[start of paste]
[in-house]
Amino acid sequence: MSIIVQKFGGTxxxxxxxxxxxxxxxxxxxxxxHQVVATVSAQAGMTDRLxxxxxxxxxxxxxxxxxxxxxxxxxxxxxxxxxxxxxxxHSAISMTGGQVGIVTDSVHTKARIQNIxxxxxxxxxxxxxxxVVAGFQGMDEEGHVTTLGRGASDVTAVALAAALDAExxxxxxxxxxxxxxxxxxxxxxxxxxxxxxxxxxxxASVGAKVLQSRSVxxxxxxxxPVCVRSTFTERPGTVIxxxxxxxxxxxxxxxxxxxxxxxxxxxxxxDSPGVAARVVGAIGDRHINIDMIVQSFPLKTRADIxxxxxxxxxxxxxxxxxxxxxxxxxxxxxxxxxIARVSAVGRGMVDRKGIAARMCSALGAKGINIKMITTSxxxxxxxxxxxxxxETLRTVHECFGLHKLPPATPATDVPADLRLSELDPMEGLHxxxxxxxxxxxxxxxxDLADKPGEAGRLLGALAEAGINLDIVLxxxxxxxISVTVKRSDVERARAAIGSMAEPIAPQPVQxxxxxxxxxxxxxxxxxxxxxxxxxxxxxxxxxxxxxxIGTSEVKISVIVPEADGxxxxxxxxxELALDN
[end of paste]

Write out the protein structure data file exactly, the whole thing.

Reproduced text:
[in-house]
Amino acid sequence: MSIIVQKFGGTxxxxxxxxxxxxxxxxxxxxxxHQVVATVSAQAGMTDRLxxxxxxxxxxxxxxxxxxxxxxxxxxxxxxxxxxxxxxxHSAISMTGGQVGIVTDSVHTKARIQNIxxxxxxxxxxxxxxxVVAGFQGMDEEGHVTTLGRGASDVTAVALAAALDAExxxxxxxxxxxxxxxxxxxxxxxxxxxxxxxxxxxxASVGAKVLQSRSVxxxxxxxxPVCVRSTFTERPGTVIxxxxxxxxxxxxxxxxxxxxxxxxxxxxxxDSPGVAARVVGAIGDRHINIDMIVQSFPLKTRADIxxxxxxxxxxxxxxxxxxxxxxxxxxxxxxxxxIARVSAVGRGMVDRKGIAARMCSALGAKGINIKMITTSxxxxxxxxxxxxxxETLRTVHECFGLHKLPPATPATDVPADLRLSELDPMEGLHxxxxxxxxxxxxxxxxDLADKPGEAGRLLGALAEAGINLDIVLxxxxxxxISVTVKRSDVERARAAIGSMAEPIAPQPVQxxxxxxxxxxxxxxxxxxxxxxxxxxxxxxxxxxxxxxIGTSEVKISVIVPEADGxxxxxxxxxELALDN